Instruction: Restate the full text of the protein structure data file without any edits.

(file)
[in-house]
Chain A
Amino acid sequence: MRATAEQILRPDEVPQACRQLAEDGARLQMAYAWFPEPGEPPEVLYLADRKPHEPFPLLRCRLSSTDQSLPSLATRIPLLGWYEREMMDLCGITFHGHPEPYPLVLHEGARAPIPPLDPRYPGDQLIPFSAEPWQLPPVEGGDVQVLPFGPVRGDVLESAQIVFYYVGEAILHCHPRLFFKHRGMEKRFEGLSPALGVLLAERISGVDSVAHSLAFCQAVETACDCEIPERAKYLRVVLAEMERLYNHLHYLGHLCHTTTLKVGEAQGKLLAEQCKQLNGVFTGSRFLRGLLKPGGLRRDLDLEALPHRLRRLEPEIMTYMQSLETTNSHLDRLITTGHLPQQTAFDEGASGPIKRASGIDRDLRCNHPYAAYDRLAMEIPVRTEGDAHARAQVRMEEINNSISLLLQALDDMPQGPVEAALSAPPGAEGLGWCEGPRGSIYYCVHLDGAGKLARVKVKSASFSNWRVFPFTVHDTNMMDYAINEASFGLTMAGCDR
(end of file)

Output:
[in-house]
Chain A
Amino acid sequence: MRATAEQILRPDEVPQACRQLAEDGARLQMAYAWFPEPGEPPEVLYLADRKPHEPFPLLRCRLSSTDQSLPSLATRIPLLGWYEREMMDLCGITFHGHPEPYPLVLHEGARAPIPPLDPRYPGDQLIPFSAEPWQLPPVEGGDVQVLPFGPVRGDVLESAQIVFYYVGEAILHCHPRLFFKHRGMEKRFEGLSPALGVLLAERISGVDSVAHSLAFCQAVETACDCEIPERAKYLRVVLAEMERLYNHLHYLGHLCHTTTLKVGEAQGKLLAEQCKQLNGVFTGSRFLRGLLKPGGLRRDLDLEALPHRLRRLEPEIMTYMQSLETTNSHLDRLITTGHLPQQTAFDEGASGPIKRASGIDRDLRCNHPYAAYDRLAMEIPVRTEGDAHARAQVRMEEINNSISLLLQALDDMPQGPVEAALSAPPGAEGLGWCEGPRGSIYYCVHLDGAGKLARVKVKSASFSNWRVFPFTVHDTNMMDYAINEASFGLTMAGCDR